That One Song 

Lorem Ipsum, "Luck Has It"

click to enlarge Hear Lorem Ipsum — Brian Landis, Bret Payne, Andrew Crislip and Jon Bone — at the Republic on Wednesday, July 25. - ASH DANIEL
  • Ash Daniel
  • Hear Lorem Ipsum — Brian Landis, Bret Payne, Andrew Crislip and Jon Bone — at the Republic on Wednesday, July 25.

Two years ago, Lorem Ipsum guitarist and vocalist Brian Landis and drummer Bret Payne struck out on the familiar path forged by their mid-'90s outfit, More Fire for Burning People. With guitarist Andrew Crislip and bassist Jon Bone, Lorem Ipsum gradually has steered its sound into a massive, menacing amalgam of psychedelic hard rock and grunge. A handful of tracks recorded at Sound of Music have ended up on a new EP that capitalizes on the nuanced songwriting found on their debut 7-inch. Style Weekly met with the band to dig deeper into its subject matter.

Style: Tell us about that one song. ...

Landis: I think "Luck Has It" is the first time we hit that perfect recipe.

Payne: When we got done writing it, I was beaming.

Landis: The song has taken on a life of its own. The RVA Music Festival used it as their promo song [last year]. Lyrically, I rarely sit down and write about one subject that I follow all the way through. With "Luck Has It," it starts with this profound experience I had when my son was born. And then it talks about the process of growing up and realizing you are who you are and being proud of it. There's so much negativity out there telling us we can't do something. So it starts out with me singing about my son being born and then evolves into being about me coming into my own. In my old bands, I sang about drugs and abstract things, but now the most important things in my life are my family and politics.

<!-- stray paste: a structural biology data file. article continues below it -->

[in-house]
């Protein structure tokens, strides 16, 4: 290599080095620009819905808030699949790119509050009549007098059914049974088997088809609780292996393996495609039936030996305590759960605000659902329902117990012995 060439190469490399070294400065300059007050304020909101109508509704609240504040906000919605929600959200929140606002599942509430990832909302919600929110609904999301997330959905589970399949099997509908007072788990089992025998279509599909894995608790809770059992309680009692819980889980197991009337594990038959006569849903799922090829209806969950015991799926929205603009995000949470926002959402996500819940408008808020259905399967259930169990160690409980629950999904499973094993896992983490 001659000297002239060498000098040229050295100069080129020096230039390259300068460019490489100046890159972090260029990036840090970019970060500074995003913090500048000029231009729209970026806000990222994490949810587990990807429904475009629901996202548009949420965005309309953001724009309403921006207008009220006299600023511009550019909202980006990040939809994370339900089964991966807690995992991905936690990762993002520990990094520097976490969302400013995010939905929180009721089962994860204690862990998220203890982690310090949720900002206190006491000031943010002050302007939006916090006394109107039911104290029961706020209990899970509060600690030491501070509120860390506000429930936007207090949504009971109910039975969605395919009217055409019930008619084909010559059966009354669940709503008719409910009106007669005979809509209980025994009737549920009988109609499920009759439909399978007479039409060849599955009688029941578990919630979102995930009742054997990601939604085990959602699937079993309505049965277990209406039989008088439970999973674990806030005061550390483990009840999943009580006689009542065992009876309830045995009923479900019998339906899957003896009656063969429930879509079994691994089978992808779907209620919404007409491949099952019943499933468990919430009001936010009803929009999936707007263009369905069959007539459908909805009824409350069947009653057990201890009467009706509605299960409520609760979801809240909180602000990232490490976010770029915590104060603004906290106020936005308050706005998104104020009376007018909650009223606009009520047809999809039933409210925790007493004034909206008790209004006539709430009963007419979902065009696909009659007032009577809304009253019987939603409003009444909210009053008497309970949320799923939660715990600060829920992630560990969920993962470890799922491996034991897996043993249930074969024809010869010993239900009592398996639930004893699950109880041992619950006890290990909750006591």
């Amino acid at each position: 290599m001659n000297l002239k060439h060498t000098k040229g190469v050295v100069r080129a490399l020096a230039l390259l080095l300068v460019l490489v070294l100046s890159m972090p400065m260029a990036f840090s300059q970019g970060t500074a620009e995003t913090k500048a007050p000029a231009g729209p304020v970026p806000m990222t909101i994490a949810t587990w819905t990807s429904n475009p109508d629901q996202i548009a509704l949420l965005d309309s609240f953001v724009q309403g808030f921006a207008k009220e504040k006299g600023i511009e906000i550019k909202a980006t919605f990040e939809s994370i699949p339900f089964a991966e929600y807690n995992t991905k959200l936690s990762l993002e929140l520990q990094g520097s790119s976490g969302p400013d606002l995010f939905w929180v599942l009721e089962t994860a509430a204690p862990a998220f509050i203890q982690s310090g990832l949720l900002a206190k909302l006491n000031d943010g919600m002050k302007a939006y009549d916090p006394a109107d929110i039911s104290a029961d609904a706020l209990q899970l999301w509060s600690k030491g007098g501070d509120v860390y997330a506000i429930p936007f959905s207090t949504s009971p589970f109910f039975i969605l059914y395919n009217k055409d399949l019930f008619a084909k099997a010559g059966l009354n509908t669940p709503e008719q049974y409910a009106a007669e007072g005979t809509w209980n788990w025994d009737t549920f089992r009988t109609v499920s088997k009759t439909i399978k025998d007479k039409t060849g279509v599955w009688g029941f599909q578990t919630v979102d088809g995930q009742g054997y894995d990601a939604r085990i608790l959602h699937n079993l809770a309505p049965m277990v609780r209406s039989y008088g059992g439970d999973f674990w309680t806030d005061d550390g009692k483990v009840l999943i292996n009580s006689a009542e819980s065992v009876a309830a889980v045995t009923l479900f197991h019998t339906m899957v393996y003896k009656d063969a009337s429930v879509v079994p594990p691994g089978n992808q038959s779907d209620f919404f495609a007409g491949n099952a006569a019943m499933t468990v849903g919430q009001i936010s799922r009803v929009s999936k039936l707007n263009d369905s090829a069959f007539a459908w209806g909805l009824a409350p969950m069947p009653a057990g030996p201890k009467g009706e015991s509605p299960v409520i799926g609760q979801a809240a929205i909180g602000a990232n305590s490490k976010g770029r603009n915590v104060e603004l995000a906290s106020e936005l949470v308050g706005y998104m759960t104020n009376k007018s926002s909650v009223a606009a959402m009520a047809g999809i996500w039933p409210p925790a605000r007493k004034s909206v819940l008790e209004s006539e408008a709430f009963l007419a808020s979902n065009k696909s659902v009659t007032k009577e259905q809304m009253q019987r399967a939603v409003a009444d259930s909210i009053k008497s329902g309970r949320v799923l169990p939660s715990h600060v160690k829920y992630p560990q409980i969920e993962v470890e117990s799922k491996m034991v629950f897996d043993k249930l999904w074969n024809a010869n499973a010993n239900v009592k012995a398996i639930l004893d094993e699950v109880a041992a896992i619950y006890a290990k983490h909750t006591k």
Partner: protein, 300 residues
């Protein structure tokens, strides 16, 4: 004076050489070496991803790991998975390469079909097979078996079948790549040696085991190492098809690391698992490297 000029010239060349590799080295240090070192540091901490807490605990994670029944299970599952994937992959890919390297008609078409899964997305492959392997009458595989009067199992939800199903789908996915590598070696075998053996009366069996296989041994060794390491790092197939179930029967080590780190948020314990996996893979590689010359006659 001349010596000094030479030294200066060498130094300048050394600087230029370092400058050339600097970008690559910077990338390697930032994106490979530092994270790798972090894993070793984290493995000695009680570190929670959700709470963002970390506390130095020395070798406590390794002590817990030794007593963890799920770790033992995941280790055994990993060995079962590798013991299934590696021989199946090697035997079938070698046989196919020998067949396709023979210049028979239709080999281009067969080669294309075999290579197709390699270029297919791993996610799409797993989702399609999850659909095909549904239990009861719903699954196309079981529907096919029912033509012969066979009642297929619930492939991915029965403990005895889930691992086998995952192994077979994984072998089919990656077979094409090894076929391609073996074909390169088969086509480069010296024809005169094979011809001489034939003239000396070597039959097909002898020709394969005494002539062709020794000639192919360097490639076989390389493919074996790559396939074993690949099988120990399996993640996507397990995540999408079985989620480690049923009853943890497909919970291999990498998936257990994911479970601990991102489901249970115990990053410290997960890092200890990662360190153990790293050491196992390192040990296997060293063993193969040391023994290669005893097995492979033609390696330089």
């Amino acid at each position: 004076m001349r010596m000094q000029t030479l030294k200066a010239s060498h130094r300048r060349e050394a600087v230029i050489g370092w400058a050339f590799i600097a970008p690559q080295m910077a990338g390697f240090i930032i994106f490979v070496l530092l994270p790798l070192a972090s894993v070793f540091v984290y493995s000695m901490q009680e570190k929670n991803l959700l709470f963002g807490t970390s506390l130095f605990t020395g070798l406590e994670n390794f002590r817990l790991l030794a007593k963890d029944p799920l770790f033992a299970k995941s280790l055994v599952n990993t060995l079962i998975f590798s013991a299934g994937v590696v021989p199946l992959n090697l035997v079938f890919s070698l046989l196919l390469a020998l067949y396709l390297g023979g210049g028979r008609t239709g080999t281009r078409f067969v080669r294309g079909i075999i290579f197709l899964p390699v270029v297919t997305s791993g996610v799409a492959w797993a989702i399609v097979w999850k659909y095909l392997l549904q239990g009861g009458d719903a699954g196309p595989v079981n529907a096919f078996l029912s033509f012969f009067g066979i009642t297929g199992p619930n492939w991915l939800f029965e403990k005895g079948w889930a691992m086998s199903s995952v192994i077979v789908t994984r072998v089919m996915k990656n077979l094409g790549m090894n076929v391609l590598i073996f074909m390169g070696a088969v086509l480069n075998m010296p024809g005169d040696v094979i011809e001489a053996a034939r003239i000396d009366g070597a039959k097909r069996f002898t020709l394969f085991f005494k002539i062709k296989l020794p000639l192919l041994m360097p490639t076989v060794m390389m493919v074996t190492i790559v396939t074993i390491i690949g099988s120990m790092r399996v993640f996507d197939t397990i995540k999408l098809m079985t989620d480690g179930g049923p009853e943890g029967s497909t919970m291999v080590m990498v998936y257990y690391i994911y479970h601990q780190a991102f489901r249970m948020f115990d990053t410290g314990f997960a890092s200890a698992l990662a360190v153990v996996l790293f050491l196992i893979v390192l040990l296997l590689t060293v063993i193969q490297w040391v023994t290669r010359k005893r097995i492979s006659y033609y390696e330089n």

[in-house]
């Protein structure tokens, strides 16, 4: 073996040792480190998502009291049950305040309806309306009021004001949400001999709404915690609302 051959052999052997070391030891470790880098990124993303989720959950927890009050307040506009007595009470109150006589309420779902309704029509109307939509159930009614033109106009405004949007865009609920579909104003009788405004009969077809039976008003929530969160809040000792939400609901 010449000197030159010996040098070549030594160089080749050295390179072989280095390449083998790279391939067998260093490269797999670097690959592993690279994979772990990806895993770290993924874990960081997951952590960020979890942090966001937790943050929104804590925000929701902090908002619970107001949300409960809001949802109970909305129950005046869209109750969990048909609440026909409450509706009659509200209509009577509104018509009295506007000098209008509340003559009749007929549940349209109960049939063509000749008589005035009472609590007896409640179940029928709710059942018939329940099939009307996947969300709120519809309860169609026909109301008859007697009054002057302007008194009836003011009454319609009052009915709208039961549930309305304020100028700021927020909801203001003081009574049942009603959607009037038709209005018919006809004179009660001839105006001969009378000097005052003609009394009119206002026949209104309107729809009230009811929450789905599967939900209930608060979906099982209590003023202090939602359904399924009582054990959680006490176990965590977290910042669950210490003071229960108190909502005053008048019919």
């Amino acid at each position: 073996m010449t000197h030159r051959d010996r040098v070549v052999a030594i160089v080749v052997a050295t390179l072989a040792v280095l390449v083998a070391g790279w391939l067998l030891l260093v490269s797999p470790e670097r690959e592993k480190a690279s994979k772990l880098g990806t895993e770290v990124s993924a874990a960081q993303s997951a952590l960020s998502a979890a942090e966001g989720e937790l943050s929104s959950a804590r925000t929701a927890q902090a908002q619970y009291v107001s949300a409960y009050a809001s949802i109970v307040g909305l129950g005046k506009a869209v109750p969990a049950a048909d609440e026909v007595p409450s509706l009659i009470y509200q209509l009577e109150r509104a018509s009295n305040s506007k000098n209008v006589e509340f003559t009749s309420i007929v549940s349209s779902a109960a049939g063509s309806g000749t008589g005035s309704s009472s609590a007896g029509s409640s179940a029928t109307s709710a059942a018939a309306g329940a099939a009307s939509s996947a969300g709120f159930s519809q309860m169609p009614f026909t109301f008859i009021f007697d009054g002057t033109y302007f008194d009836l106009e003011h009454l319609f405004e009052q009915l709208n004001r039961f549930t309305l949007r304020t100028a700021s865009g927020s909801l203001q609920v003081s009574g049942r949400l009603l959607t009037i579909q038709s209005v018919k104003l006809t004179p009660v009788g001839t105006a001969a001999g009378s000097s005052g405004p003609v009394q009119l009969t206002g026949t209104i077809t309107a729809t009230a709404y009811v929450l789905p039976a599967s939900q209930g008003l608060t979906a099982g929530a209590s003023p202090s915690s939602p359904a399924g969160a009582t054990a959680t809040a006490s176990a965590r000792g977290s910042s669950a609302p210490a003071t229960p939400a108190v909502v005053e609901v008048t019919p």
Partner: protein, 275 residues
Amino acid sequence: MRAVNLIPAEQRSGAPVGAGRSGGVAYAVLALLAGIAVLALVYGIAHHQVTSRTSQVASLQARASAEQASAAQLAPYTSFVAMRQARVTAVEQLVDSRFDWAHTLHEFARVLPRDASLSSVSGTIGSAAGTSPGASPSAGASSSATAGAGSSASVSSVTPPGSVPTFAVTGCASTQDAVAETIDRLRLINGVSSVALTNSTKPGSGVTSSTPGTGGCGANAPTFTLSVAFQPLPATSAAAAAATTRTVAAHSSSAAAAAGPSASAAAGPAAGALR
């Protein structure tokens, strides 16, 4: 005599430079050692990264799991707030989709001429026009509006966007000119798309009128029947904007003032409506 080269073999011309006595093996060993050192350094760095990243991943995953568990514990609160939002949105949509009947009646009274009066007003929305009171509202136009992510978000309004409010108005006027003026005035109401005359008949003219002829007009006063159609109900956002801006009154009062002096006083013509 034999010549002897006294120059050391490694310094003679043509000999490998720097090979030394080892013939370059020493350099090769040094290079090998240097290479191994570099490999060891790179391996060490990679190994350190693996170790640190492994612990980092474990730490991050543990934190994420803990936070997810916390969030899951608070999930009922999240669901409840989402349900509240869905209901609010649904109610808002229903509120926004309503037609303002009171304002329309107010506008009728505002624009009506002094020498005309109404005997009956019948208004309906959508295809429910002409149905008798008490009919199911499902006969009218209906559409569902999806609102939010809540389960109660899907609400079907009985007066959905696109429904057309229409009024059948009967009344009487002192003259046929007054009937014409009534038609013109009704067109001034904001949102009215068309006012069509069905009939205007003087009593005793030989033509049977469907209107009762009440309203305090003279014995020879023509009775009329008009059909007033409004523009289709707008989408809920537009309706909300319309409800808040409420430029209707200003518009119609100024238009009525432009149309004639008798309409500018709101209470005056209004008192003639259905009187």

What political topics have you written about?

Landis: There's a song on the 7-inch called "Green March." The very first revolution to happen, before Egypt and Libya, was in Iran, and it didn't seem like it got that much airtime. At first people were like, "Oh my god, Iran is in a revolution." Then it just got squashed. That was the epitome of people rising up to say "fuck you" to an authoritarian regime. That angst hasn't disappeared, it's just been swept under the rug for a bit. These ideologues are still in power and running the people's lives.

Beyond lyrics, how is Lorem Ipsum different from your previous bands?

Landis: I didn't really know where this band fit in. I was still in this mindset of the '90s. I knew that scene and knew all the musicians I liked, like Sliang Laos and all these harder bands with a lot of minor chords. I assumed that's where Lorem Ipsum was going. But the newest song we wrote, the way I picture it is a dude sitting on his front porch in the swamp, in a rocker, by himself playing guitar. We're just starting to get our feet under us now.

Payne: This band is much more straightforward and to-the-point. It's more steeped in rock 'n' roll than anything else, but there's still something very strange about this band. People have told me, "There's some dark stuff in there." It's loud as shit and there's a lot of energy, but it's not all dark material.

Where does this dark side come from?

Landis: We work with dark subject matter. The latest song we did was about the banking system and its complete devastation. I've made a conscious effort to be less dark, though. A lot of times, like on "Luck Has It," there's actually an optimism, but then the music itself is dark.

Crislip: In the midst of everything falling apart, there's still hope.

Landis: I think we are also drawn to the darker, minor tones of the music, stuff like Jesus Lizard and Slint. The lyrics just don't always reflect that.

What has been your most memorable show?

Landis: Without a doubt in my mind, it was the RVA Music Festival show at the Republic. People were packed in, and they were all focused.

Crislip: I was amazed it was more full when we finished than when we started. I thought people would hear us and then leave and come back for Long Arms. They all stayed.

If you could play a show with anyone, living or dead, who would it be?

Crislip: I'd go with my high-school heroes: REM or Robyn Hitchcock.

Payne: I'd play with Hot Snakes, before their reunion.

Landis: I think Slint. Or GG Allin. I saw him at the Metro before he died. It was funny because everybody knew his shtick. The entire dance floor was empty except for this one skinhead in a leather jacket. Every time [Allin] would come offstage the skinhead would punch him in the face.

What do you have planned for the rest of 2012?

Crislip: We all have things that keep us near home, but we're going to start doing more recording.

Landis: I would like to play with this band forever. So, I feel like it doesn't matter how slow it happens. S

Lorem Ipsum performs at the Republic on Wednesday, July 25, at 10 p.m. Free.



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